The details of imbue arrow are... ambiguous. It gives you an extra special way to cast a spell, but offers no details on which spells are allowed (beyond that it be an “area” spell, which is presumably one that has an Area entry but even that might be argued). As written, you could argue that you can pick any area spell ever, regardless of whether or not you are actually able to cast it yourself. And that when you cast it this way, it uses no resources, because you’re casting it via your imbue arrow ability, which makes no mention of resources, rather than through, say, a “spells” ability, which does explain how your limited resources work.
Needless to say, that’s pretty unlikely to be what they meant. Unfortunately, that leaves us in a bit of quandary about what they did mean.1 At a minimum, anyway, I am going to assume that you have to pick some spell you otherwise can cast, and that when you imbue an arrow with it you use up resources as if you had cast it “normally.”
Based on the use of the word “spell,” I am also going to say spell-like and supernatural abilities are out. Despite being “like” spells, spell-like abilities are not spells and things that references spells generally mean spells and not spell-like abilities. See this Q&A for somewhat more discussion on this. And supernatural abilities are even more removed.
A spell-storing weapon is also probably out—you can only access the spell in a spell-storing weapon by attacking with the weapon, and since it is giving you a special way to cast that spell while imbue arrow wants you to use its special way of casting the spell, they wouldn’t be compatible.
That leaves wands, scrolls, or a ring of spell storing. And happily, all three of these allow you to “cast” spells:
A minor ring of spell storing contains up to three levels of spells that the wearer can cast.
(Ring, Spell Storing, Minor)
If she meets all three requirements but her own caster level is lower than the scroll spell’s caster level, then she has to make a caster level check (DC = scroll’s caster level + 1) to cast the spell successfully. [...]
A spell successfully activated from a scroll works exactly like a spell prepared and cast the normal way.
(Scrolls, Activate the Spell and Determine Effect)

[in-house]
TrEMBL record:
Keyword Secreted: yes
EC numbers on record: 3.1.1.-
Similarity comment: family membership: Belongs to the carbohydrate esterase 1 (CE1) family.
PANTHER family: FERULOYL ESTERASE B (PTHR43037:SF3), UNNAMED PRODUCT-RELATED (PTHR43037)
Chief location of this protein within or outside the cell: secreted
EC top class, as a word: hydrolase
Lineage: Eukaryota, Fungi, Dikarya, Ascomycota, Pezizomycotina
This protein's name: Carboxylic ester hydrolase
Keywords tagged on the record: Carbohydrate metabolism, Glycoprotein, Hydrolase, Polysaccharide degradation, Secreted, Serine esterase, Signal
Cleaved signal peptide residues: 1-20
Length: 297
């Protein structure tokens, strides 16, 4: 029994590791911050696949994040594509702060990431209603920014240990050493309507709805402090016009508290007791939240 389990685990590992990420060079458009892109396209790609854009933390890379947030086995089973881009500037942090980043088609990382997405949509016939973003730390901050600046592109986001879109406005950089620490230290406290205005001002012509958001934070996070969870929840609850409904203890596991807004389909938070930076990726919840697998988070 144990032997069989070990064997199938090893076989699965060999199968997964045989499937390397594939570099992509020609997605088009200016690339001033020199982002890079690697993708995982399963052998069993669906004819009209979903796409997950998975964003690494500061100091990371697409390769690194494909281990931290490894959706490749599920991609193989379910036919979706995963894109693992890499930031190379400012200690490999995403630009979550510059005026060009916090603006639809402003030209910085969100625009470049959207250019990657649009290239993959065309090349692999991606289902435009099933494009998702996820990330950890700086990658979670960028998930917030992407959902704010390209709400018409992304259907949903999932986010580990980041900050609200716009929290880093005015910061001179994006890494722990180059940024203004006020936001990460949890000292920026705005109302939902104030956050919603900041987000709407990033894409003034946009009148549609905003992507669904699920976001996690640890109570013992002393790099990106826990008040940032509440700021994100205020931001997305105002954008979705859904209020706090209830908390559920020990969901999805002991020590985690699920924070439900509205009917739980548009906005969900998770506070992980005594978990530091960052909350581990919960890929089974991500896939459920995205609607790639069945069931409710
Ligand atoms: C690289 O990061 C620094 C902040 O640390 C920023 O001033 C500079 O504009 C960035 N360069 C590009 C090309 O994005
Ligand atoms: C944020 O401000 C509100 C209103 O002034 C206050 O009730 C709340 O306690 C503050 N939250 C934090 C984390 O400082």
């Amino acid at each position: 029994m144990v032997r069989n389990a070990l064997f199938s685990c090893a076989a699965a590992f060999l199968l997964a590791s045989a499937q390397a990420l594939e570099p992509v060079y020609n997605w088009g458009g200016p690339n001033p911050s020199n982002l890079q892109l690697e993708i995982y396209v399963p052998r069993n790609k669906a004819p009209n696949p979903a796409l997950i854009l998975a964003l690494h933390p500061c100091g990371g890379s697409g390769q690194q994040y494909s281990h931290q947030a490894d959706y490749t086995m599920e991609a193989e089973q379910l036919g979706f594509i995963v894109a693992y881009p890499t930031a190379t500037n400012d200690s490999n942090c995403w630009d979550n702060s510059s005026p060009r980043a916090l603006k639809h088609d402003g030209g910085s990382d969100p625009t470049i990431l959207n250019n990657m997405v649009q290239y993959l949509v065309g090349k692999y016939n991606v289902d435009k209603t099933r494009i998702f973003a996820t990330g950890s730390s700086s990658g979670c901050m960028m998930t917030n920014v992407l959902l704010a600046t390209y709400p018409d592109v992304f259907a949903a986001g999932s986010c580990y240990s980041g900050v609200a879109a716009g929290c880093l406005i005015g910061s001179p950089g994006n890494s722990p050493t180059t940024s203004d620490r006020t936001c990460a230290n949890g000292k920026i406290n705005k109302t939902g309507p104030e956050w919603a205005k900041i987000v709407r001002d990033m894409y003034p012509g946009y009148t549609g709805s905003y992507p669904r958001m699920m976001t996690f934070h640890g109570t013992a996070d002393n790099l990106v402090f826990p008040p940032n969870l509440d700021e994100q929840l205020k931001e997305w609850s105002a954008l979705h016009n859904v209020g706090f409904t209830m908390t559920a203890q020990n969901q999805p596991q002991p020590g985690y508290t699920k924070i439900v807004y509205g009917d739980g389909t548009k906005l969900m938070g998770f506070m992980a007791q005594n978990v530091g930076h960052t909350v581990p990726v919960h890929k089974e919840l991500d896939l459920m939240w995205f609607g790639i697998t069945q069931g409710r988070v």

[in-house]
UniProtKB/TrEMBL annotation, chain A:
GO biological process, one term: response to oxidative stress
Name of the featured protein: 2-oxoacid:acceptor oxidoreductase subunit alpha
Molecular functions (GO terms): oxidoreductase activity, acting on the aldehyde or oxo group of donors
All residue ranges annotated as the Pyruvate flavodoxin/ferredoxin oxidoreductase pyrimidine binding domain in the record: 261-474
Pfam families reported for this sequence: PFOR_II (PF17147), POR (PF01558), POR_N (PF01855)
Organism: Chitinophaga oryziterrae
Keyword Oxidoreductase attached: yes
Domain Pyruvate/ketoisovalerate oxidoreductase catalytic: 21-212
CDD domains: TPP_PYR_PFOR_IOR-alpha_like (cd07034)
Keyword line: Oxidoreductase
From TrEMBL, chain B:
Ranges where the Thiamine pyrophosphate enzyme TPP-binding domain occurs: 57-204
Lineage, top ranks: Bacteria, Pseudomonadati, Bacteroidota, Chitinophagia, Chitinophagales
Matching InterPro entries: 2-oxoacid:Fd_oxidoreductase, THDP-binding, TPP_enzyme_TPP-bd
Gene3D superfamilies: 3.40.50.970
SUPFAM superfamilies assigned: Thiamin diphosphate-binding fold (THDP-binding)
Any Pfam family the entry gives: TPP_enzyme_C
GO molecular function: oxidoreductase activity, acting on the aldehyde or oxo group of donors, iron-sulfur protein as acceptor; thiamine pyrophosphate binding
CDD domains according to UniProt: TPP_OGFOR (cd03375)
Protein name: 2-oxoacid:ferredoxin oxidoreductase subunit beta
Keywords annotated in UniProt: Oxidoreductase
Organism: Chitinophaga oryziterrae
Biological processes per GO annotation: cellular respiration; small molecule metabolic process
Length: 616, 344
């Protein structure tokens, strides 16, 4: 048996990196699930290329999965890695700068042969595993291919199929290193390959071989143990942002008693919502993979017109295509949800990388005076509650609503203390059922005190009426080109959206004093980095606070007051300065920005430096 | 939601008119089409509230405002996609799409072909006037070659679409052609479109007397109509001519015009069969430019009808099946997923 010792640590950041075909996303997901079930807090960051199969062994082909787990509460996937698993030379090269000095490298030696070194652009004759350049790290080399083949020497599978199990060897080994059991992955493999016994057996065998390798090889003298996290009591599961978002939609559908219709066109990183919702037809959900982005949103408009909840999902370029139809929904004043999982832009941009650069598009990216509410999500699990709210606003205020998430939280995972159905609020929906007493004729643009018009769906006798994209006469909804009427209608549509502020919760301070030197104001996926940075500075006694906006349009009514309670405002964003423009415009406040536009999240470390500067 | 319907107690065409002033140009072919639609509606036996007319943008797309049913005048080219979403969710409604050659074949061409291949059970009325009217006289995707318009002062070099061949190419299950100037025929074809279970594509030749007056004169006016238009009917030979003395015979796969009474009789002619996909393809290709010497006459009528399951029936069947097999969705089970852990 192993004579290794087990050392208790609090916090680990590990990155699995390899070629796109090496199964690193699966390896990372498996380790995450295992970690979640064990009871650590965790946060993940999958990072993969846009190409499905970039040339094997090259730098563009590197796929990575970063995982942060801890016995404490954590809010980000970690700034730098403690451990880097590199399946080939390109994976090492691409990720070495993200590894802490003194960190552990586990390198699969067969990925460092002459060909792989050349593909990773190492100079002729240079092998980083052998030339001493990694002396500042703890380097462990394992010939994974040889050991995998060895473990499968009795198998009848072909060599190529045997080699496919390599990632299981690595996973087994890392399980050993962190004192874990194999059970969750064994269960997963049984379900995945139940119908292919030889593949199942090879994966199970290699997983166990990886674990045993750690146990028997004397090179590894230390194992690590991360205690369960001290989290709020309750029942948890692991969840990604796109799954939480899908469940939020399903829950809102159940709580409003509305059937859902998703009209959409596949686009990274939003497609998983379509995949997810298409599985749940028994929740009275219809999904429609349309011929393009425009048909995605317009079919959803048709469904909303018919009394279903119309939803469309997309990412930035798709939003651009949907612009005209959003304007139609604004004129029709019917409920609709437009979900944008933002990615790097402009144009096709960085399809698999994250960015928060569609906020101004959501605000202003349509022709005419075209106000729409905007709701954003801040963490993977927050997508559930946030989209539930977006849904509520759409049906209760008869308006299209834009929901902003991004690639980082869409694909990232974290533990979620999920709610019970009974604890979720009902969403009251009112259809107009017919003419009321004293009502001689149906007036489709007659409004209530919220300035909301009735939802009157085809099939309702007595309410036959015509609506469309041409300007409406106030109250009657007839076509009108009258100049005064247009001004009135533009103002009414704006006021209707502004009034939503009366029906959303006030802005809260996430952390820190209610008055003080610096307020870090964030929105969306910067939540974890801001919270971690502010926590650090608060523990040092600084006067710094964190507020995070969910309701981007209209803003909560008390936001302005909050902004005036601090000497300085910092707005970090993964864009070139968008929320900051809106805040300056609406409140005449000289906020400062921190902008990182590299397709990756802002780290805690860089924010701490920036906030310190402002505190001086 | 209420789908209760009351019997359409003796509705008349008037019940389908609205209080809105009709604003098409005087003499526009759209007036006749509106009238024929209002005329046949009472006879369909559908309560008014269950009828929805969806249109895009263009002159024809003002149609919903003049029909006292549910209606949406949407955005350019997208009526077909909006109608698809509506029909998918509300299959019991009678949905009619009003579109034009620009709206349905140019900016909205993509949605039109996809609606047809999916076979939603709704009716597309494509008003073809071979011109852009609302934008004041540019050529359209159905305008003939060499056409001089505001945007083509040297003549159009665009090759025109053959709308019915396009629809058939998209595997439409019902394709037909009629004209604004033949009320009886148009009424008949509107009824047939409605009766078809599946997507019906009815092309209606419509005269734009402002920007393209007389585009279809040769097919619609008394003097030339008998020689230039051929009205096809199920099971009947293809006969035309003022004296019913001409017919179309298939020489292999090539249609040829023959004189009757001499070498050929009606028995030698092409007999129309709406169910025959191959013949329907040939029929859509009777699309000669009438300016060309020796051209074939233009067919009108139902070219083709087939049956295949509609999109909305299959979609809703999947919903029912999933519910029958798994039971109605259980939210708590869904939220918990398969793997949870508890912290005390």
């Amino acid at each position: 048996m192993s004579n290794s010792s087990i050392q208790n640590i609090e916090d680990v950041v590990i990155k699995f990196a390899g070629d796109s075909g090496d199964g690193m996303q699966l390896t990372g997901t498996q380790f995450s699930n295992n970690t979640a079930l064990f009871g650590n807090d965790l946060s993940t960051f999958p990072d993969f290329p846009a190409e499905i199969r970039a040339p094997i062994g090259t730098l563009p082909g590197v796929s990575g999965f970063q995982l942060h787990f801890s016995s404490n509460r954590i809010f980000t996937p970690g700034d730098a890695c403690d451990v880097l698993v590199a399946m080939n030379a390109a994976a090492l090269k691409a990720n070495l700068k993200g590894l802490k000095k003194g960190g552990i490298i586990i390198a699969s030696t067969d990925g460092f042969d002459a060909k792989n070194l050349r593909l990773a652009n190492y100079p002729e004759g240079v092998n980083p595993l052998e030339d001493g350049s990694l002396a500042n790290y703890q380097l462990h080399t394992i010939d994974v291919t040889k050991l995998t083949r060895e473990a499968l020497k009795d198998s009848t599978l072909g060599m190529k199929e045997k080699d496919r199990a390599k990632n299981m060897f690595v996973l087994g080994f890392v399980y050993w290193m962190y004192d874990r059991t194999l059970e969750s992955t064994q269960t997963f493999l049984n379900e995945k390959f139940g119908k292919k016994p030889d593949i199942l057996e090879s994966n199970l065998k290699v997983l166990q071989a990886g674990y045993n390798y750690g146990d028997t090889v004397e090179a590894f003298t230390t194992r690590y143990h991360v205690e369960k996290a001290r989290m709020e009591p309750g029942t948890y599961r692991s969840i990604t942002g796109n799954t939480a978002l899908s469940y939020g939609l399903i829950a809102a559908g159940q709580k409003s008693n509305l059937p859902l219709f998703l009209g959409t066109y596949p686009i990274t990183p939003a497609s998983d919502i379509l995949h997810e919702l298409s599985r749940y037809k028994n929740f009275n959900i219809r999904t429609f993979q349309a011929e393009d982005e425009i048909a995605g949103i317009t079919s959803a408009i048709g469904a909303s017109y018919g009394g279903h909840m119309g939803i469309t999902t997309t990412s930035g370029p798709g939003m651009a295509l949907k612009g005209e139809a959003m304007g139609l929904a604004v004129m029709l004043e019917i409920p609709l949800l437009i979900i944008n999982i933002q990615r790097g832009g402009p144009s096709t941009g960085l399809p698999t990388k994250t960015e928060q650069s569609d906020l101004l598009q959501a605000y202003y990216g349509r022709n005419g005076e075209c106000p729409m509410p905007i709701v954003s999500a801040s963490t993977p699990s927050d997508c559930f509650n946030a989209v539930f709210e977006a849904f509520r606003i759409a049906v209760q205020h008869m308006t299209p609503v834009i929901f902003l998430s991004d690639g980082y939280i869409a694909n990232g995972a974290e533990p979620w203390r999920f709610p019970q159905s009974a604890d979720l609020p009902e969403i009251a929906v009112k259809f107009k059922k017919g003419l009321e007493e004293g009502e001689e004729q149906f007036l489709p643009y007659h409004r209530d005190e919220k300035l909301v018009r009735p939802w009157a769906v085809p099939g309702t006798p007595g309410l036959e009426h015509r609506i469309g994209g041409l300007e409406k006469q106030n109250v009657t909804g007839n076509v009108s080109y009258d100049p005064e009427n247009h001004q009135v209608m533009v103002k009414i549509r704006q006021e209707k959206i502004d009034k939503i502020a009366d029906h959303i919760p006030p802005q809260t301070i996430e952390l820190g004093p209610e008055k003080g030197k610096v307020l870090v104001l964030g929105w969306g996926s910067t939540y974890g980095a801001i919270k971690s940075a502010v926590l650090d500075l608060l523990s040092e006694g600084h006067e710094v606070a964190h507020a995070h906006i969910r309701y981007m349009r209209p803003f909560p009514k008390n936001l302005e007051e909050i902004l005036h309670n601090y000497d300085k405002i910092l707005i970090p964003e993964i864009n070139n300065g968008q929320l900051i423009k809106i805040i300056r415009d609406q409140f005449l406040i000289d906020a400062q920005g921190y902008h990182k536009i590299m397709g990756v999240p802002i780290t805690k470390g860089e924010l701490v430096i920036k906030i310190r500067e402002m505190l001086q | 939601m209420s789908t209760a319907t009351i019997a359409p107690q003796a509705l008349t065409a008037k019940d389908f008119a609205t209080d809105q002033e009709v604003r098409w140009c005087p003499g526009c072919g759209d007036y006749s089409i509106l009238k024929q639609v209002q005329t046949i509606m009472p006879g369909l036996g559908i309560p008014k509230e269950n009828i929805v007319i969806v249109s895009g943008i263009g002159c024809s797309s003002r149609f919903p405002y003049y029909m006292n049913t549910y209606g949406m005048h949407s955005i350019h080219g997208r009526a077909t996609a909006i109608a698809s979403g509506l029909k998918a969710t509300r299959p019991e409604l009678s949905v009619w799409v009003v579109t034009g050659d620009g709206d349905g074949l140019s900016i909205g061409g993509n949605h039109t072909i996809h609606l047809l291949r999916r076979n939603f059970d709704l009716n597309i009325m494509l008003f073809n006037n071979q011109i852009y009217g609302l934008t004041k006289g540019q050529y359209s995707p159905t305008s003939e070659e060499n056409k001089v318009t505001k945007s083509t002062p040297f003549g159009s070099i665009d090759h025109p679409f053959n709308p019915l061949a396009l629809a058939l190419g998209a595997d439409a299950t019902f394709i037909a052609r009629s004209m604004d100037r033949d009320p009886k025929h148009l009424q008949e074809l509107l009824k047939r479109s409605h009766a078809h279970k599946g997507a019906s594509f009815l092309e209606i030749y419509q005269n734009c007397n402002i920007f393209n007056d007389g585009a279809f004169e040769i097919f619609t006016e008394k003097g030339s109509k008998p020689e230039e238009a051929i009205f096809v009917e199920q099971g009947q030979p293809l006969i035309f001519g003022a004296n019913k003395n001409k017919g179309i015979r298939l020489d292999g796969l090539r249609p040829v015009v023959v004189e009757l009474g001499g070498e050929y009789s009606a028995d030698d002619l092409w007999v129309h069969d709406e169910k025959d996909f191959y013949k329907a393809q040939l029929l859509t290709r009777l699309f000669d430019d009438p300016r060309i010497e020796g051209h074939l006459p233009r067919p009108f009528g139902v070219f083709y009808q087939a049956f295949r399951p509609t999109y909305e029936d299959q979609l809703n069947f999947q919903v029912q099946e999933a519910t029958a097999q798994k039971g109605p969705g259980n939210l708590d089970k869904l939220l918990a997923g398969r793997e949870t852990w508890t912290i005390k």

Wands use the spell trigger activation method, so casting a spell from a wand is usually a standard action that doesn’t provoke attacks of opportunity.
(Wand, Activation—note that Staff, Activation says the same thing about staves)
There is still room to argue that these don’t work, however: each of these requires that the user activate the item in order to cast the spell, and imbue arrow doesn’t say anything about activating anything as part of its special casting ability. And again, since imbue arrow doesn’t really explain itself very well, we’re already kind of making up its requirements here.
So ultimately, while we can parse the rules here, we cannot eliminate the ambiguity. You’re better off just making a ruling yourself, as DM. It certainly sounds like you’re OK with this. I would be too—arcane archer is a very weak class, and imbue arrow is about the only thing going for it. And since this rogue likely will not have the ability to use antimagic field—the only thing you can imbue an arrow with and make arcane archer actually worth it—I see little danger in allowing it. And for that matter, I’d allow spell-like and supernatural abilities too—that’s much less ambiguous, but I still see no reason to deny it. And using magic items is a better usage of arcane archer than most I’ve seen.
- It’s worth noting that there are other abilities that similarly involve casting a spell with a weapon. They are generally written more tightly, preventing these ambiguities. This Q&A discusses through several of them, for example—including a spell-storing weapon.